Marches Keep Conversation About Injustice Going

Christine Heeren
Scenes from the June 4 march for George Floyd in Southampton.

Willie Jenkins, who helped organize the Bridgehampton march for George Floyd, said tons of reporters came up to him after the march asking: “Why did you feel like you need to come out here today?”

He said, to be polite, he answered. But in his head, he was thinking: “What do you mean? What are you talking about? Why are you asking me that?” he said prior to a march in Southampton Village Thursday night, that followed a vigil earlier in the morning at Agawam Park. “In my mind, I wanted to tell them, why don’t you go to the people that aren’t here and ask them why aren’t you there standing up for what’s right?”

Jenkins, who was working at the time, thought it was important everyone stop what they’re doing to show support.

“This is important,” he said. “Show love for everybody. Stand up. Fight for what we believe in.”

People took to megaphones before leading the group of hundreds downtown, where they laid down in the middle of Main Street with their arms behind their backs shouting “I can’t breathe” for 8 minutes, 46 seconds, the amount of time a white Minnesota police officer kneeled on Floyd’s neck before the 46-year-old black man’s death.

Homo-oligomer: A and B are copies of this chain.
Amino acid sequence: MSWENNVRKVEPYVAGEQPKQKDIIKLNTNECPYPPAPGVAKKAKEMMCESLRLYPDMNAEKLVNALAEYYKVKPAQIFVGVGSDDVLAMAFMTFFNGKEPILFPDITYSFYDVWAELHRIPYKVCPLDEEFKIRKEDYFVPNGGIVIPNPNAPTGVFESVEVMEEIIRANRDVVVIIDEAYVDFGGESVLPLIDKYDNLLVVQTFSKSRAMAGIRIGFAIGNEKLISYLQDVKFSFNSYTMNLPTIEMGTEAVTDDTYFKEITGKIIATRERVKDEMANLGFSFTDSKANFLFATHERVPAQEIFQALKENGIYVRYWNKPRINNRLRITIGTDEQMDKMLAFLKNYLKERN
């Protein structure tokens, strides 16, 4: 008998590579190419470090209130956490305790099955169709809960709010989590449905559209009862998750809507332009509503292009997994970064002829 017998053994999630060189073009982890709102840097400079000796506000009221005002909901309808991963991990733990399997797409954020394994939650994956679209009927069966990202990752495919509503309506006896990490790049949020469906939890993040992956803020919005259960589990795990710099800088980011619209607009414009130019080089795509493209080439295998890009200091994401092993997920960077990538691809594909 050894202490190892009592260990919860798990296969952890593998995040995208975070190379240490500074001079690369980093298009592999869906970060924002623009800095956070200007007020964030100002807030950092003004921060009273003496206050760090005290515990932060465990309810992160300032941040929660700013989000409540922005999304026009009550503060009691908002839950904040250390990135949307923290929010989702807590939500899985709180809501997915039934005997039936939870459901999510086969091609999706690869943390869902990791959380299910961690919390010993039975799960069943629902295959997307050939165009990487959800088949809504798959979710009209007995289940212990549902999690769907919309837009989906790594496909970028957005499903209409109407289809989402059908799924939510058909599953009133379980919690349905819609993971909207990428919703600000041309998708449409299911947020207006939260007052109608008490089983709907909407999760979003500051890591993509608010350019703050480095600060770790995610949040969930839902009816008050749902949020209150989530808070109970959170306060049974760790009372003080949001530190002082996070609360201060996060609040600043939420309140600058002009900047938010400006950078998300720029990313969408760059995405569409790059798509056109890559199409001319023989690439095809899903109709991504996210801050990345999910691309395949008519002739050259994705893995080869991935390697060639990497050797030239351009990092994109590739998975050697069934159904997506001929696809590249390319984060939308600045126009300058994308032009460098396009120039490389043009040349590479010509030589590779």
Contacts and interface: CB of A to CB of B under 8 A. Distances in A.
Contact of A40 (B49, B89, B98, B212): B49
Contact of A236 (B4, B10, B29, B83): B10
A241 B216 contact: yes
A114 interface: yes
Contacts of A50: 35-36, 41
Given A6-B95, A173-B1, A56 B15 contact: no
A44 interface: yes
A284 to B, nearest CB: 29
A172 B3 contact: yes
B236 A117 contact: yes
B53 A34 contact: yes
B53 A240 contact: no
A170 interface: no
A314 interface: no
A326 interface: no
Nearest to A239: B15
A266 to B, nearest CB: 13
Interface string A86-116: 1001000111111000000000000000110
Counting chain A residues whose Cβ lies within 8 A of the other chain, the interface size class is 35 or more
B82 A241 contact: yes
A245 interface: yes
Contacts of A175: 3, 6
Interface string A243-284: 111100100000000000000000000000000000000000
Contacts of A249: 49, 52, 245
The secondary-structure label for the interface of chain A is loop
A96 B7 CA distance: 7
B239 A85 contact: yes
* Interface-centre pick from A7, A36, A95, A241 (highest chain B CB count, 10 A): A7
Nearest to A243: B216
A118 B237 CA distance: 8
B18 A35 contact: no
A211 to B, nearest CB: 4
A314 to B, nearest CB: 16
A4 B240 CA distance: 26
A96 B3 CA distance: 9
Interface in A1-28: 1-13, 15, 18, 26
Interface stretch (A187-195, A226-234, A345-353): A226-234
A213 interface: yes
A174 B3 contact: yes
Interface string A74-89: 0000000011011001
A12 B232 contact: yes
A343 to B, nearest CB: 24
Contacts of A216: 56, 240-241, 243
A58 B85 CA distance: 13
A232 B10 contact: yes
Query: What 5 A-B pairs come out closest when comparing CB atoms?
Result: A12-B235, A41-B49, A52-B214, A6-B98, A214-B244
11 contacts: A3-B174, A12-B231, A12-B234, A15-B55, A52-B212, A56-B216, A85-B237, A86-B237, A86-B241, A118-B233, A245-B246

“Just imagine, the length of time it takes. Eight minutes plus is a very, very long time,” Eric Williams, who helped organize Thursday’s march, said. “But this was beautiful. It was great. The turnout was amazing. Who would’ve thought? All colors, all races, what more could you ask for?”

The marches continue to keep the conversation going. Williams had also organized a vigil in Riverhead on May 31.

“Two weeks from now, I want everybody still posting this. Three weeks from now, I want everybody still knowing this is real,” Trevon Jenkins to the crowd. “This was real in 2012, this was real in the 1600s. We make them uncomfortable? Make them feel uncomfortable for how they feel. Let them know this makes us uncomfortable.”

Williams said he thinks more work needs to be done with youth to end racism. He thinks getting children started in sports through PAL youth leagues would help.

“You learn to work together, you learn teamwork,” he said. “Sports bring people together.”

He said he doesn’t understand the kind of behavior afflicted on Floyd.

“Why such aggression?” Williams asked. “Enough is enough. And if you stand by and watch it happen, you’re just as guilty.”

Christine Heeren contributed reporting.

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